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eARDS: A multi-center validation of an interpretable machine learning algorithm of early onset Acute Respiratory Distress Syndrome (ARDS) among critically ill adults with COVID-19.
Singhal L, Garg Y, Yang P, Tabaie A, Wong AI, Mohammed A, Chinthala L, Kadaria D, Sodhi A, Holder AL, Esper A, Blum JM, Davis RL, Clifford GD, Martin GS, Kamaleswaran R. eARDS: A multi-center validation of an interpretable machine learning algorithm of early onset Acute Respiratory Distress Syndrome (ARDS) among critically ill adults with COVID-19. PLoS ONE. 2021 Sep 24; 16(9):e0257056.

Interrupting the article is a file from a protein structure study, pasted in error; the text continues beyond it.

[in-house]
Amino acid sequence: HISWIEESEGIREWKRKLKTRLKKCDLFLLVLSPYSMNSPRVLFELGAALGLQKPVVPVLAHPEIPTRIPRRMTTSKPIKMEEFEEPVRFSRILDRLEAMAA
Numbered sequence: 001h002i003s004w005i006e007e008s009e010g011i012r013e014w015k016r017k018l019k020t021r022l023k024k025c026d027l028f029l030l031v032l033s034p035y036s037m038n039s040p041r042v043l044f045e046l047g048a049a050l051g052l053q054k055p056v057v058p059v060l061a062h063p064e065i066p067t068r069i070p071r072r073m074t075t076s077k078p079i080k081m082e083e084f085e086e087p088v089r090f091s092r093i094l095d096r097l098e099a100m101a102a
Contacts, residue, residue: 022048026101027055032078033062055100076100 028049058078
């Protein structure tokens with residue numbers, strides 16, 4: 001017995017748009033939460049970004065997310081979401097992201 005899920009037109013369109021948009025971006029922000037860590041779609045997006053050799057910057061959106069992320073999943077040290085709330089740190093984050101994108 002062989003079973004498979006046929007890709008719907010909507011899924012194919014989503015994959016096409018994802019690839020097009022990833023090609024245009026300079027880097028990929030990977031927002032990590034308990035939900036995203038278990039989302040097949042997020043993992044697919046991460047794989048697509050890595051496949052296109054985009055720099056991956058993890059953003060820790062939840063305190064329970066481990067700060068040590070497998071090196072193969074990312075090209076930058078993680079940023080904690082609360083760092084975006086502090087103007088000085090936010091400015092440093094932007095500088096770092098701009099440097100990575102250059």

We present an interpretable machine learning algorithm called 'eARDS' for predicting ARDS in an ICU population comprising COVID-19 patients, up to 12-hours before satisfying the Berlin clinical criteria. The analysis was conducted on data collected from the Intensive care units (ICU) at Emory Healthcare, Atlanta, GA and University of Tennessee Health Science Center, Memphis, TN and the Cerner® Health Facts Deidentified Database, a multi-site COVID-19 EMR database. The participants in the analysis consisted of adults over 18 years of age. Clinical data from 35,804 patients who developed ARDS and controls were used to generate predictive models that identify risk for ARDS onset up to 12-hours before satisfying the Berlin criteria. We identified salient features from the electronic medical record that predicted respiratory failure among this population. The machine learning algorithm which provided the best performance exhibited AUROC of 0.89 (95% CI = 0.88-0.90), sensitivity of 0.77 (95% CI = 0.75-0.78), specificity 0.85 (95% CI = 085-0.86). Validation performance across two separate health systems (comprising 899 COVID-19 patients) exhibited AUROC of 0.82 (0.81-0.83) and 0.89 (0.87, 0.90). Important features for prediction of ARDS included minimum oxygen saturation (SpO2), standard deviation of the systolic blood pressure (SBP), O2 flow, and maximum respiratory rate over an observational window of 16-hours. Analyzing the performance of the model across various cohorts indicates that the model performed best among a younger age group (18-40) (AUROC = 0.93 [0.92-0.94]), compared to an older age group (80+) (AUROC = 0.81 [0.81-0.82]). The model performance was comparable on both male and female groups, but performed significantly better on the severe ARDS group compared to the mild and moderate groups. The eARDS system demonstrated robust performance for predicting COVID19 patients who developed ARDS at least 12-hours before the Berlin clinical criteria, across two independent health systems.